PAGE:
Researchers from Virginia Tech and Facebook have developed a video completion method that can smoothly remove objects from videos.
In their paper, “Flow-edge Guided Video Completion” the group describes their novel method that uses edge completion as a guide for piecewise smooth flow completion. In comparison to existing methods, the proposed does not follow the standard practice of color propagation between adjacent frames. One of the contributions in the paper is the introduction of non-local flow connections that allow connecting temporally distant frames.
The proposed method starts by extracting motion edges from a given input video and a binary mask. Then the method computes forward and backward flow for each pair of adjacent frames as well as for a set of non-adjacent frames and produces complete flow edges. These edges are used then to do the smooth flow completion. From the generated flow trajectories, the method computes a set of candidate pixels for each missing pixel accompanied by a confidence score. Later in the so-called “Fusion and hallucination” step the method chooses the frame with the most missing pixels and applies an image inpainting method to fill them. This result is passed to the next iteration and the procedure is repeated until all pixels are “inpainted”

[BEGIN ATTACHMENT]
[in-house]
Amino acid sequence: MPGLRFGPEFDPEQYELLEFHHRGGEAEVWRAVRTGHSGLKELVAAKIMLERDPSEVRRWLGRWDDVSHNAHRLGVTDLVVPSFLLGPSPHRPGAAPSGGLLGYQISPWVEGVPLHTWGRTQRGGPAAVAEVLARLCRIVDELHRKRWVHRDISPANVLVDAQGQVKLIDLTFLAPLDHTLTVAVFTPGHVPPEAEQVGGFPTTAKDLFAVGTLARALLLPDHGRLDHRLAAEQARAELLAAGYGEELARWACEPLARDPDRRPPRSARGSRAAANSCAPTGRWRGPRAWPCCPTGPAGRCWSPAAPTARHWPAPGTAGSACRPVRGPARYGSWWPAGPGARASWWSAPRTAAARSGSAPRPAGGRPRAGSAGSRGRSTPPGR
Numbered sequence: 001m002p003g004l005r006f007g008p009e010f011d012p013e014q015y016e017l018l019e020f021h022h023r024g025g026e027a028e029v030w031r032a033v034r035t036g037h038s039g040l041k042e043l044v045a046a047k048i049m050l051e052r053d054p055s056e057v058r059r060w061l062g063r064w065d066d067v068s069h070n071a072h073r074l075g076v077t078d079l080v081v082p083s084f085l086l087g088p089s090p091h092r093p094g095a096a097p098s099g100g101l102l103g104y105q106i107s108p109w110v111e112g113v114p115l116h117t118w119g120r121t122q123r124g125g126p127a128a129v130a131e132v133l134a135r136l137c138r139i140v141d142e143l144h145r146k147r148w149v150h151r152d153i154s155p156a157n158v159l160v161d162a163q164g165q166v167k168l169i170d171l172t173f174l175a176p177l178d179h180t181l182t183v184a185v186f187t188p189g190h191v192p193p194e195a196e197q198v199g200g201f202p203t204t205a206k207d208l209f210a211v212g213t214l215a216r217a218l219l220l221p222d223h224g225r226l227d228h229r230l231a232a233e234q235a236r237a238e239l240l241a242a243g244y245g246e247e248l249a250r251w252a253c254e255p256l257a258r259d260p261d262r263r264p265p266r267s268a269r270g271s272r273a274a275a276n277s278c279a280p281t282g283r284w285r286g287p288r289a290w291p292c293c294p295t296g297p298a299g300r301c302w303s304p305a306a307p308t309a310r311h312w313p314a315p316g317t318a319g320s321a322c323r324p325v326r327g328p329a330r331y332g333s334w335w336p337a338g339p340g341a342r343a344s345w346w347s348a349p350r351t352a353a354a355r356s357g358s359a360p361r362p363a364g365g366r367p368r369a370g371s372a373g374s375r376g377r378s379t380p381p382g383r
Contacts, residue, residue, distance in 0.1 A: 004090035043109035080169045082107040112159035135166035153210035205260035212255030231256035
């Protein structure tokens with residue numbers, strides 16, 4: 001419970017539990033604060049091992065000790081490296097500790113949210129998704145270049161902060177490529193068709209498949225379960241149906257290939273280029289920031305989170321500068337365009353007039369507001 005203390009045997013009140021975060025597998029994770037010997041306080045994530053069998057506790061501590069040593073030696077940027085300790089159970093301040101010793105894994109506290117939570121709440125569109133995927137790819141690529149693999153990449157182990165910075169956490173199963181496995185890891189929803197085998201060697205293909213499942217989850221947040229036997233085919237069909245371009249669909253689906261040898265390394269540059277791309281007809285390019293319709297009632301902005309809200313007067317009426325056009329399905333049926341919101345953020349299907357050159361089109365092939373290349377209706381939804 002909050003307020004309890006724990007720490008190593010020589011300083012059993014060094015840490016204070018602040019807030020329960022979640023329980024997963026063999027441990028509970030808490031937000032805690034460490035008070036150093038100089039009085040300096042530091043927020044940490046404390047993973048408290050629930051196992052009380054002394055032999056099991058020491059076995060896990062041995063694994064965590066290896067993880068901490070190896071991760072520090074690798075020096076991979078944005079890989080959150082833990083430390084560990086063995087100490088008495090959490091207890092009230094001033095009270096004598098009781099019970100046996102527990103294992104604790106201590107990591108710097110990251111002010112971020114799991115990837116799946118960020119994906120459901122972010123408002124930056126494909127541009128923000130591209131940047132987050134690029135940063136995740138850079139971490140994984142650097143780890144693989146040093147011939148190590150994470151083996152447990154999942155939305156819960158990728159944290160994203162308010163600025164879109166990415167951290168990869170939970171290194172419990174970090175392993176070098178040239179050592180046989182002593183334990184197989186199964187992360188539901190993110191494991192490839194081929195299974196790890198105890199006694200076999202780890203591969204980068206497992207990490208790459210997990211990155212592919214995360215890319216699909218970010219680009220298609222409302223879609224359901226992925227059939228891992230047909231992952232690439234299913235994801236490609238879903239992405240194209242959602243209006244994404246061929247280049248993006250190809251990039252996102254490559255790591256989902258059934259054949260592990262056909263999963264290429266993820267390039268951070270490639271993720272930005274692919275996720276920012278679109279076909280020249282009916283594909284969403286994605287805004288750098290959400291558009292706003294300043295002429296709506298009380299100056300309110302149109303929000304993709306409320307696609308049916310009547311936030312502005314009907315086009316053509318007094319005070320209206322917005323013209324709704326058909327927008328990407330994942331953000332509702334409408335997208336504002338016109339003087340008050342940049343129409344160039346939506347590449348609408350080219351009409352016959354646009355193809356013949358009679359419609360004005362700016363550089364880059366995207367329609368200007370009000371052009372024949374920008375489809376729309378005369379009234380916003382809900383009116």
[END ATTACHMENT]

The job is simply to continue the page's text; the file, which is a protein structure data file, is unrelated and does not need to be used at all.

Researchers used the DAVIS dataset that contains 150 video sequences. Both qualitative and quantitative evaluations showed that the method outperforms or performs on par with existing state-of-the-art methods. Researchers reported a speed performance of approximately 7.2 frames per second for their method.
More details about the architecture, the training experiments, and the evaluation of the new method can be found in the paper or in the project website. The implementation is open-sourced and can be found on Github.